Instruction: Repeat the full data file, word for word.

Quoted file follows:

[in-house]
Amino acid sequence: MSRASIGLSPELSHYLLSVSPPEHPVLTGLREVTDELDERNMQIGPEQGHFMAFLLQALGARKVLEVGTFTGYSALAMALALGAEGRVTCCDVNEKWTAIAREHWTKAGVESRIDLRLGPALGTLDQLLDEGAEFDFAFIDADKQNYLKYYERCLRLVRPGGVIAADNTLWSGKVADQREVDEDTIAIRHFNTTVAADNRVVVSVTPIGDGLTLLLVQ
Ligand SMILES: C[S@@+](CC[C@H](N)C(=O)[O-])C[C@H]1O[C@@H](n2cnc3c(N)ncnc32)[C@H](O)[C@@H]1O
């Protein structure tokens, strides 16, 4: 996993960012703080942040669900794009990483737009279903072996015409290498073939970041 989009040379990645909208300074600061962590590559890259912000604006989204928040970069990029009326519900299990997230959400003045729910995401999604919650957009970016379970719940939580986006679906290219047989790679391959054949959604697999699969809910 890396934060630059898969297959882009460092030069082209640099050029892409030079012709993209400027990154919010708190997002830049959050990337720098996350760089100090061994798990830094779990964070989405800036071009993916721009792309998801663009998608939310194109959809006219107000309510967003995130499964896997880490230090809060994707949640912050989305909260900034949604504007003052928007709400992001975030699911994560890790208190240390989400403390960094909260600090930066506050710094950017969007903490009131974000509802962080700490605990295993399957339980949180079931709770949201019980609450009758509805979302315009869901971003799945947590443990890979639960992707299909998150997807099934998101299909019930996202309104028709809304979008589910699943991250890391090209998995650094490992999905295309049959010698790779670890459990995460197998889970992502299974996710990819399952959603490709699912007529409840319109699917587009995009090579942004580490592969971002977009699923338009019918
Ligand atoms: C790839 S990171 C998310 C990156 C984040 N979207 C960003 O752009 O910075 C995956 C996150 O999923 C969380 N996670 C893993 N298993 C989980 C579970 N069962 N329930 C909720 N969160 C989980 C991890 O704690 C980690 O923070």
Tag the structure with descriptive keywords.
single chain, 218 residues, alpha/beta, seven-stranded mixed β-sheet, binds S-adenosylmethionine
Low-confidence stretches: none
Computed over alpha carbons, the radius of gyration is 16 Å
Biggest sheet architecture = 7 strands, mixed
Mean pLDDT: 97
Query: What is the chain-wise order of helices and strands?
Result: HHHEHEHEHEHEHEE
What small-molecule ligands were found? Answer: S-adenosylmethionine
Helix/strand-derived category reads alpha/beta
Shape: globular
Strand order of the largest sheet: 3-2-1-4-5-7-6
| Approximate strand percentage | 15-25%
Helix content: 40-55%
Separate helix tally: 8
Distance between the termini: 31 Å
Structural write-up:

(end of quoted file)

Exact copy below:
[in-house]
Amino acid sequence: MSRASIGLSPELSHYLLSVSPPEHPVLTGLREVTDELDERNMQIGPEQGHFMAFLLQALGARKVLEVGTFTGYSALAMALALGAEGRVTCCDVNEKWTAIAREHWTKAGVESRIDLRLGPALGTLDQLLDEGAEFDFAFIDADKQNYLKYYERCLRLVRPGGVIAADNTLWSGKVADQREVDEDTIAIRHFNTTVAADNRVVVSVTPIGDGLTLLLVQ
Ligand SMILES: C[S@@+](CC[C@H](N)C(=O)[O-])C[C@H]1O[C@@H](n2cnc3c(N)ncnc32)[C@H](O)[C@@H]1O
């Protein structure tokens, strides 16, 4: 996993960012703080942040669900794009990483737009279903072996015409290498073939970041 989009040379990645909208300074600061962590590559890259912000604006989204928040970069990029009326519900299990997230959400003045729910995401999604919650957009970016379970719940939580986006679906290219047989790679391959054949959604697999699969809910 890396934060630059898969297959882009460092030069082209640099050029892409030079012709993209400027990154919010708190997002830049959050990337720098996350760089100090061994798990830094779990964070989405800036071009993916721009792309998801663009998608939310194109959809006219107000309510967003995130499964896997880490230090809060994707949640912050989305909260900034949604504007003052928007709400992001975030699911994560890790208190240390989400403390960094909260600090930066506050710094950017969007903490009131974000509802962080700490605990295993399957339980949180079931709770949201019980609450009758509805979302315009869901971003799945947590443990890979639960992707299909998150997807099934998101299909019930996202309104028709809304979008589910699943991250890391090209998995650094490992999905295309049959010698790779670890459990995460197998889970992502299974996710990819399952959603490709699912007529409840319109699917587009995009090579942004580490592969971002977009699923338009019918
Ligand atoms: C790839 S990171 C998310 C990156 C984040 N979207 C960003 O752009 O910075 C995956 C996150 O999923 C969380 N996670 C893993 N298993 C989980 C579970 N069962 N329930 C909720 N969160 C989980 C991890 O704690 C980690 O923070």
Tag the structure with descriptive keywords.
single chain, 218 residues, alpha/beta, seven-stranded mixed β-sheet, binds S-adenosylmethionine
Low-confidence stretches: none
Computed over alpha carbons, the radius of gyration is 16 Å
Biggest sheet architecture = 7 strands, mixed
Mean pLDDT: 97
Query: What is the chain-wise order of helices and strands?
Result: HHHEHEHEHEHEHEE
What small-molecule ligands were found? Answer: S-adenosylmethionine
Helix/strand-derived category reads alpha/beta
Shape: globular
Strand order of the largest sheet: 3-2-1-4-5-7-6
| Approximate strand percentage | 15-25%
Helix content: 40-55%
Separate helix tally: 8
Distance between the termini: 31 Å
Structural write-up: